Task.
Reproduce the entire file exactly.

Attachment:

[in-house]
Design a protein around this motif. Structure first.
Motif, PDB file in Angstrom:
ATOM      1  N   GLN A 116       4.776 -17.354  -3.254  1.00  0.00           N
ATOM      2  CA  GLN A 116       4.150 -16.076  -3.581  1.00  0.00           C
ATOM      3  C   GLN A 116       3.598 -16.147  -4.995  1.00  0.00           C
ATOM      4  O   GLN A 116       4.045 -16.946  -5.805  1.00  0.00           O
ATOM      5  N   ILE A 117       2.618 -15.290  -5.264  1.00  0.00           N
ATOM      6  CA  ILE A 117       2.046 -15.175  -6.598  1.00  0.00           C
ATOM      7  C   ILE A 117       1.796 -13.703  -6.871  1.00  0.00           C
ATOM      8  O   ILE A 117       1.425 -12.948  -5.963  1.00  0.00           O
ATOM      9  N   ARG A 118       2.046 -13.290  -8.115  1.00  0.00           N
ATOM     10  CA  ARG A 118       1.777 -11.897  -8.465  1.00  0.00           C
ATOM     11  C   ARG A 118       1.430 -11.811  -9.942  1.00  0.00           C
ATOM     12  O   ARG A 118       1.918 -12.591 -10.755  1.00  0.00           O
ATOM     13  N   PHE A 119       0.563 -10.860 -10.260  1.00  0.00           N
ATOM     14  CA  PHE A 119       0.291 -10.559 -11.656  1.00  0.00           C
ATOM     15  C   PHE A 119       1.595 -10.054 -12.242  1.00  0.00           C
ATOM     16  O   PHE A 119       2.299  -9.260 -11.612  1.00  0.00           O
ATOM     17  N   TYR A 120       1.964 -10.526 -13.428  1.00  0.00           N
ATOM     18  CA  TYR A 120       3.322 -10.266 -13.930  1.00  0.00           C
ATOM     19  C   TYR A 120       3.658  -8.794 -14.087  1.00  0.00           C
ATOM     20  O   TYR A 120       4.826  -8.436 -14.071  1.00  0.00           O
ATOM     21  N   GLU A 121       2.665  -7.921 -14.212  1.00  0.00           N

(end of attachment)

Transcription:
[in-house]
Design a protein around this motif. Structure first.
Motif, PDB file in Angstrom:
ATOM      1  N   GLN A 116       4.776 -17.354  -3.254  1.00  0.00           N
ATOM      2  CA  GLN A 116       4.150 -16.076  -3.581  1.00  0.00           C
ATOM      3  C   GLN A 116       3.598 -16.147  -4.995  1.00  0.00           C
ATOM      4  O   GLN A 116       4.045 -16.946  -5.805  1.00  0.00           O
ATOM      5  N   ILE A 117       2.618 -15.290  -5.264  1.00  0.00           N
ATOM      6  CA  ILE A 117       2.046 -15.175  -6.598  1.00  0.00           C
ATOM      7  C   ILE A 117       1.796 -13.703  -6.871  1.00  0.00           C
ATOM      8  O   ILE A 117       1.425 -12.948  -5.963  1.00  0.00           O
ATOM      9  N   ARG A 118       2.046 -13.290  -8.115  1.00  0.00           N
ATOM     10  CA  ARG A 118       1.777 -11.897  -8.465  1.00  0.00           C
ATOM     11  C   ARG A 118       1.430 -11.811  -9.942  1.00  0.00           C
ATOM     12  O   ARG A 118       1.918 -12.591 -10.755  1.00  0.00           O
ATOM     13  N   PHE A 119       0.563 -10.860 -10.260  1.00  0.00           N
ATOM     14  CA  PHE A 119       0.291 -10.559 -11.656  1.00  0.00           C
ATOM     15  C   PHE A 119       1.595 -10.054 -12.242  1.00  0.00           C
ATOM     16  O   PHE A 119       2.299  -9.260 -11.612  1.00  0.00           O
ATOM     17  N   TYR A 120       1.964 -10.526 -13.428  1.00  0.00           N
ATOM     18  CA  TYR A 120       3.322 -10.266 -13.930  1.00  0.00           C
ATOM     19  C   TYR A 120       3.658  -8.794 -14.087  1.00  0.00           C
ATOM     20  O   TYR A 120       4.826  -8.436 -14.071  1.00  0.00           O
ATOM     21  N   GLU A 121       2.665  -7.921 -14.212  1.00  0.00           N